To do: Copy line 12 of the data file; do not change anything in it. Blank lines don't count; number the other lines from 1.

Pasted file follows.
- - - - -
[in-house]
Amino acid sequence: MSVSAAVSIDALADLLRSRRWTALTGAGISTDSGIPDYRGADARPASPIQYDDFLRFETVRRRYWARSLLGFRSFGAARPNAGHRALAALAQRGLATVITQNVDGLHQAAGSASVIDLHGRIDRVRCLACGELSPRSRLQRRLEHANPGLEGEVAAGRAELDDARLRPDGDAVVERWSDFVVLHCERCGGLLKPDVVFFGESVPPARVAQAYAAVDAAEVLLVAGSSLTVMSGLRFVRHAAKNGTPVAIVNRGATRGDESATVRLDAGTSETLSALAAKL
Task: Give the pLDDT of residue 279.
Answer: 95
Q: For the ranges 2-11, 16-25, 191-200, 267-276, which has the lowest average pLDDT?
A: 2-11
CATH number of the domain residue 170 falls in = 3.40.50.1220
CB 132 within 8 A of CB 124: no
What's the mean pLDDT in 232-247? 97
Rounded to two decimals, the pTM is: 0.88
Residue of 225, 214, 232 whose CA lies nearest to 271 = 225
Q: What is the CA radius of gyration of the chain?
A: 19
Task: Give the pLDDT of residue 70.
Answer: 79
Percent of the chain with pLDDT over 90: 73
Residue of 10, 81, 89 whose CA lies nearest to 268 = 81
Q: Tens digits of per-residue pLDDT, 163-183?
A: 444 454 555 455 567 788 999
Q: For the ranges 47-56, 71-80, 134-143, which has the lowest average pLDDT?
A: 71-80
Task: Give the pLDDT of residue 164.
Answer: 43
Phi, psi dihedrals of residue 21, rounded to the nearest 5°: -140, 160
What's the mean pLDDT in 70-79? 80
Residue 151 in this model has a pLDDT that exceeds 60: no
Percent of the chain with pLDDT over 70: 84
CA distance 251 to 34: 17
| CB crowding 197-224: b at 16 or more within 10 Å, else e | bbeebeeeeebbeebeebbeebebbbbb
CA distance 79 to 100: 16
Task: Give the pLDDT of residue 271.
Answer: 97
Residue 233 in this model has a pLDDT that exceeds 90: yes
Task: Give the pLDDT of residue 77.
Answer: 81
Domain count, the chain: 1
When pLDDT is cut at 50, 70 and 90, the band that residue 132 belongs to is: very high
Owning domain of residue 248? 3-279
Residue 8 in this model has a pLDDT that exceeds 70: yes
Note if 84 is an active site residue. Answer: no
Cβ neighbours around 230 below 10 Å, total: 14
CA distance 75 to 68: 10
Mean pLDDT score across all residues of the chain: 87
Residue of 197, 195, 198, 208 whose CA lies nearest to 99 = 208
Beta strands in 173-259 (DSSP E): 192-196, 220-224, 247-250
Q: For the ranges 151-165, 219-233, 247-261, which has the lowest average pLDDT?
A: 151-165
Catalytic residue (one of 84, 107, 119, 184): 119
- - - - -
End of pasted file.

Q: What is the CA radius of gyration of the chain?